As each prep race passed, and Arc day got closer, the picture of who would land the 93rd edition of this epic race got murkier and murkier.
Has last year’s winner Treve lost her sparkle? Was Taghrooda’s defeat in the Yorkshire Oaks a minor blip? Will Japan finally land an Arc? All these questions remain to be answered.
And so with the big race ever closer, we look to imply a statistical and trend-focused take on the 20 runners at Longchamp, to find that elusive winner.
The dismissal of certain chances may seem frankly quite brutal and fairly laissez-faire, but that is just how we need to be.
Firstly, of the recent winners it has become pretty clear that you need to have some proven, classy form in the book already, with nine of the last 10 victors having both won at Group 1 level and bagged a prize of at least £170k.
With this we can say goodbye to eight entrants here, including Spiritjim who did land the Grand Prix Saint-Cloud but was stripped of the race after a banned substance was discovered in his system, as well as leading fancy Ectot.
Next, with the trip of 1m4f catching many of the less stamina-laden charges out, only one winner in the last decade hadn’t already been successful at the trip.
This is the moment we go some way to breaking Japanese hearts when we bid farewell to both Harp Star and Just Away, as well as the unbeaten French Oaks winner Avenir Certain.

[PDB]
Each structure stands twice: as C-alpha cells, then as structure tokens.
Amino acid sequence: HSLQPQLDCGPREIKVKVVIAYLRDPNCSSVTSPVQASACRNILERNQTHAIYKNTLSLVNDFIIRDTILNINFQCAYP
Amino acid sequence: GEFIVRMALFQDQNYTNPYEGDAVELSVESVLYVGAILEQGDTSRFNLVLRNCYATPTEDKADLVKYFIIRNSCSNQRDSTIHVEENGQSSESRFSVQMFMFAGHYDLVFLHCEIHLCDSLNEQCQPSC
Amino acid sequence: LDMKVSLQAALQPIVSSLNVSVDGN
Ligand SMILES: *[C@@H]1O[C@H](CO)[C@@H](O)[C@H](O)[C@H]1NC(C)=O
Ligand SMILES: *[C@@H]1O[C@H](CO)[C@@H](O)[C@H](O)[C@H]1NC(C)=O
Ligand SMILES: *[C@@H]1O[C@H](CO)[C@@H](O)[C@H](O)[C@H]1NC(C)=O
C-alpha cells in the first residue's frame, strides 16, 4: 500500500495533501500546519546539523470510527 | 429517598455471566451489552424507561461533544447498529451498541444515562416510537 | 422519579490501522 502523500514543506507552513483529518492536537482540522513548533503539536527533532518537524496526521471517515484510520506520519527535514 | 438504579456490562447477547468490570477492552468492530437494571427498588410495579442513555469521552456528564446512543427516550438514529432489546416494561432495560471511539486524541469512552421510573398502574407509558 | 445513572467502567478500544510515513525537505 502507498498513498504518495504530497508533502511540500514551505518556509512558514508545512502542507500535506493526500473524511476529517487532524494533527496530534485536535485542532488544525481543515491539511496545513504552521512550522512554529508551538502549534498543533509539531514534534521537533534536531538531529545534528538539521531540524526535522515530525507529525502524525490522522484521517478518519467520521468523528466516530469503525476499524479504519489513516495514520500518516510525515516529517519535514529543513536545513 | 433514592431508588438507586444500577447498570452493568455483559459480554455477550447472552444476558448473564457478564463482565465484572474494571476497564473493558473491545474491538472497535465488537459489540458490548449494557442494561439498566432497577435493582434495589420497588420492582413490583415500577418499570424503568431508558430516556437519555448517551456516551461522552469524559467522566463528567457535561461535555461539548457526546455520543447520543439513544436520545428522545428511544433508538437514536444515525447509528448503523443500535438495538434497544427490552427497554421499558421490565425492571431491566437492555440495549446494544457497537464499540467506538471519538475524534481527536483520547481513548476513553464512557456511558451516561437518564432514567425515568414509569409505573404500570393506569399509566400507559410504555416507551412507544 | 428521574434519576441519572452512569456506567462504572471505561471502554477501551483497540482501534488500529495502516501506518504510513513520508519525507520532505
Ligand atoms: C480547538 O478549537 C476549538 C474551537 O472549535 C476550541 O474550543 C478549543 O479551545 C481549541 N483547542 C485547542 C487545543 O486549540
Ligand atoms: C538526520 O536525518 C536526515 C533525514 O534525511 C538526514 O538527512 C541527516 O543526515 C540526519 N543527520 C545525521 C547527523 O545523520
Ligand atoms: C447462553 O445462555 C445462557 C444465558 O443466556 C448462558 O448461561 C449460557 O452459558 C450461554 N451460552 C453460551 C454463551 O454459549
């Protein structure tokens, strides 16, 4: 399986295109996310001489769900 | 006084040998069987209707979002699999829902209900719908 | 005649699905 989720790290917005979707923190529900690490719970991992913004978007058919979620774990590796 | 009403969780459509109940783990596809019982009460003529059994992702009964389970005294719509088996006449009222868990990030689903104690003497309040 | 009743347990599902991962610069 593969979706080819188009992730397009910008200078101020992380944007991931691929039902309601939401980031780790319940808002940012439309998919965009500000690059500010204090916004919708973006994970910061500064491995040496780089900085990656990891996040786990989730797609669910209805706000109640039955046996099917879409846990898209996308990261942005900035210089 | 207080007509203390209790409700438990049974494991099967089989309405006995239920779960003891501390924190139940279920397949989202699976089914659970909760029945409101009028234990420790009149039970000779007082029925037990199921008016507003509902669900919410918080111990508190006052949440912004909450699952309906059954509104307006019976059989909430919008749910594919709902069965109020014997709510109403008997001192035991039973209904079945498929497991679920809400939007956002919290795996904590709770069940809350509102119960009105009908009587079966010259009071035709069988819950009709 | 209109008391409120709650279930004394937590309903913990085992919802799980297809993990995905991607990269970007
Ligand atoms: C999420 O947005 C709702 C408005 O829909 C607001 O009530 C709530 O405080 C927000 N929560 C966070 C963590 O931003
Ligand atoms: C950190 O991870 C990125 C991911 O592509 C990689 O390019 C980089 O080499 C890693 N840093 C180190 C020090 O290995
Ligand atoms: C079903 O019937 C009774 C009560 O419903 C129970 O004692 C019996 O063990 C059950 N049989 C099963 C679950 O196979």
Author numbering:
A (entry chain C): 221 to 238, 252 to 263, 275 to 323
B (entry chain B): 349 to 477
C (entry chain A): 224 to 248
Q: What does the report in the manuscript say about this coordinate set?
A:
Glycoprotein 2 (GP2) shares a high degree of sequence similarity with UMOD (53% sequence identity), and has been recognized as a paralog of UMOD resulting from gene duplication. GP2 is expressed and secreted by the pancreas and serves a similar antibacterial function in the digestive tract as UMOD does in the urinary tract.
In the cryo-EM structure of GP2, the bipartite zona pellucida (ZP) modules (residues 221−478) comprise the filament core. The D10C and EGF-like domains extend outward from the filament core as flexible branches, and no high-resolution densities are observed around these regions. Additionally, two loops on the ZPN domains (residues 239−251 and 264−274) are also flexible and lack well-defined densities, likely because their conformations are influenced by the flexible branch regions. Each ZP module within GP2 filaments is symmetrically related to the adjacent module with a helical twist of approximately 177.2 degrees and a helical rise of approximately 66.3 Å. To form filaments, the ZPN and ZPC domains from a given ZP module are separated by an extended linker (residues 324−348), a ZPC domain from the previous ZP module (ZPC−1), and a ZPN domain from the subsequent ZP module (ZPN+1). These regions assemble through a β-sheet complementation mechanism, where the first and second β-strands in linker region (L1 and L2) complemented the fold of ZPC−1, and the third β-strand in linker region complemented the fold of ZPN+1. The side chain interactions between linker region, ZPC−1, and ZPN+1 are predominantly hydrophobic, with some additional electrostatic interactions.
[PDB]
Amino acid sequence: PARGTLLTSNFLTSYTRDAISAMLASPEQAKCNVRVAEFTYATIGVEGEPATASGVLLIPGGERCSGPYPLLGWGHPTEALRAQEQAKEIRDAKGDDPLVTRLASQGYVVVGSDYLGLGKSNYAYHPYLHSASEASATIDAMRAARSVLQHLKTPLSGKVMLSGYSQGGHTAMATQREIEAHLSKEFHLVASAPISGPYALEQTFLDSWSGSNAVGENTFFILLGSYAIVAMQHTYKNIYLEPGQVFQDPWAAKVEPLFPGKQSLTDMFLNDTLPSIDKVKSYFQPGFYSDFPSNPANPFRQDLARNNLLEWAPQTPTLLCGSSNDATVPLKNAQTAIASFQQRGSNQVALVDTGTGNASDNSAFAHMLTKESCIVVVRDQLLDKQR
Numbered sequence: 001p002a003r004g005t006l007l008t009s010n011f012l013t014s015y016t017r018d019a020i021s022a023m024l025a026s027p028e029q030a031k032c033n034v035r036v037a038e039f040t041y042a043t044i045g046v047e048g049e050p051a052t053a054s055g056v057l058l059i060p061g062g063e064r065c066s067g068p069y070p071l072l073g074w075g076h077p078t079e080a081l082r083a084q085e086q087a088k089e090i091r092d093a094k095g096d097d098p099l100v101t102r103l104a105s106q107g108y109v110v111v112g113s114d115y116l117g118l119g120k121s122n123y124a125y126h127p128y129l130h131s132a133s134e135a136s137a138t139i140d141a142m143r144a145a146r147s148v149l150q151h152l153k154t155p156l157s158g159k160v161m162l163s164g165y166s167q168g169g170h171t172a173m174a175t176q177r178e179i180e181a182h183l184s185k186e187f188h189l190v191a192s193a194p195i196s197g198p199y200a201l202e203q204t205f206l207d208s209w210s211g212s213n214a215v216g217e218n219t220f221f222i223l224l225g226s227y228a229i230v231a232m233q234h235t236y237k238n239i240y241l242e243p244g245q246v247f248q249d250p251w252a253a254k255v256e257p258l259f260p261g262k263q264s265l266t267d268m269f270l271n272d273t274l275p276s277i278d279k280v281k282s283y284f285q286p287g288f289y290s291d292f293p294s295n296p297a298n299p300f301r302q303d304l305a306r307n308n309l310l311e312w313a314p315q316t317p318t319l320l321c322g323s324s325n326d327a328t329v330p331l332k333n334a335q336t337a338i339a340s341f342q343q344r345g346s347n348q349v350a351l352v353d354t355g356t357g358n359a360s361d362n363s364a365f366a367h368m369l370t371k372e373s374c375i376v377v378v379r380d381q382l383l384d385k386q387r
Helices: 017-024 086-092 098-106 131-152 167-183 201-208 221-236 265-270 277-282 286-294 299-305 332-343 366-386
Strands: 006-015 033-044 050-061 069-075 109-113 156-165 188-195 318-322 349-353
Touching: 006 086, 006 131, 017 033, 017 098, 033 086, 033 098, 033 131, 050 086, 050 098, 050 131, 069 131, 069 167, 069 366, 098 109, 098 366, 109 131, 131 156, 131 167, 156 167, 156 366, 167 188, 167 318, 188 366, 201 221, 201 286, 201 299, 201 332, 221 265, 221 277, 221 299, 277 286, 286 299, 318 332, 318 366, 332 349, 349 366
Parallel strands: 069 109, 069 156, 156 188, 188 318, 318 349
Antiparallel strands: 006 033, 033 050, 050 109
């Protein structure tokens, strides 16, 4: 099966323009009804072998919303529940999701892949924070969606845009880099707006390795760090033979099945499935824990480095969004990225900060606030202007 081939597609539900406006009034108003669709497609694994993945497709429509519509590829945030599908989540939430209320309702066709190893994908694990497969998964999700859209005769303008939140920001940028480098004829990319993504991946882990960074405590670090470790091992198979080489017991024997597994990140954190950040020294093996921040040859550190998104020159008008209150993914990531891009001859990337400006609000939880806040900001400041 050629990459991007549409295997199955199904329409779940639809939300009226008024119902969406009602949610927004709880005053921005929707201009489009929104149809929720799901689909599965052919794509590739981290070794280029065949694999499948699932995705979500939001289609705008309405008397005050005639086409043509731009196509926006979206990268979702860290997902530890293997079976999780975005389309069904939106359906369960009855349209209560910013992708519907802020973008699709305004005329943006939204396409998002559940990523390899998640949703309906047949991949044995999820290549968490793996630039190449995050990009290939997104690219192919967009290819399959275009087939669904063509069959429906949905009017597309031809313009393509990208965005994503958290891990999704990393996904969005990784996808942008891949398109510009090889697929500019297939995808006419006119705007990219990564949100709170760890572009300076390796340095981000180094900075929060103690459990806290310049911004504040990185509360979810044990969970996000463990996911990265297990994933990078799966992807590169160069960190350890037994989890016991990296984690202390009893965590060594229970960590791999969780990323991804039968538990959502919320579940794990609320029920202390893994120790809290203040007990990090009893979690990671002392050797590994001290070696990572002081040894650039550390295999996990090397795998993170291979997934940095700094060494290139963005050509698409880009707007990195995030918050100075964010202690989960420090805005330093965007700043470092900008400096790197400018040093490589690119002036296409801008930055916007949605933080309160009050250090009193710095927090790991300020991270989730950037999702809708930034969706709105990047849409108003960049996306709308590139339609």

We are down to eight, and now need to look at the age trends. With a significant weight for age allowance coming into question in recent years, it is perhaps unsurprising that eight of the last 10 winners were from the Classic generation.
And when you look at the two contests that were claimed by older horses in those years (2010 – Solemia and 2007 – Dyan Thomas), we can say that the quality of three-year-olds in those contests were largely questionable, with just two runners in total having previously won more than one Group 1.
This time round, we have three horses in this race alone that have tasted success at the very top level more than once.
So looking at the three-year-olds, we are now left with Taghrooda, Tapestry and Kingston Hill.
We are going to swerve the latter of that trio as we feel the pace might be a bit on the sharp side for this dour stayer, and besides no horse has ever completed the St Leger/Arc double in the same year.
That leaves us with the two fillies, who will both run off a relative featherweight of 8st8lbs, little wonder three-year-old fillies have won the last three renewals!
If you take TAPESTRY’S victory at York as a true reflection of their quality, then the 10/1 on offer could be a very tempting price, with Ryan Moore booked to ride once again.
But if you believe that defeat was a consequence of a tough King George Victory, long time favourite, TAGHROODA looks the way to go at 5/1, as she looks to bow out in style under Paul Hanagan.
Either way, it should be a cracking contest, with at least seven heading to Paris with a real chance.
All odds and markets correct as of the date of publishing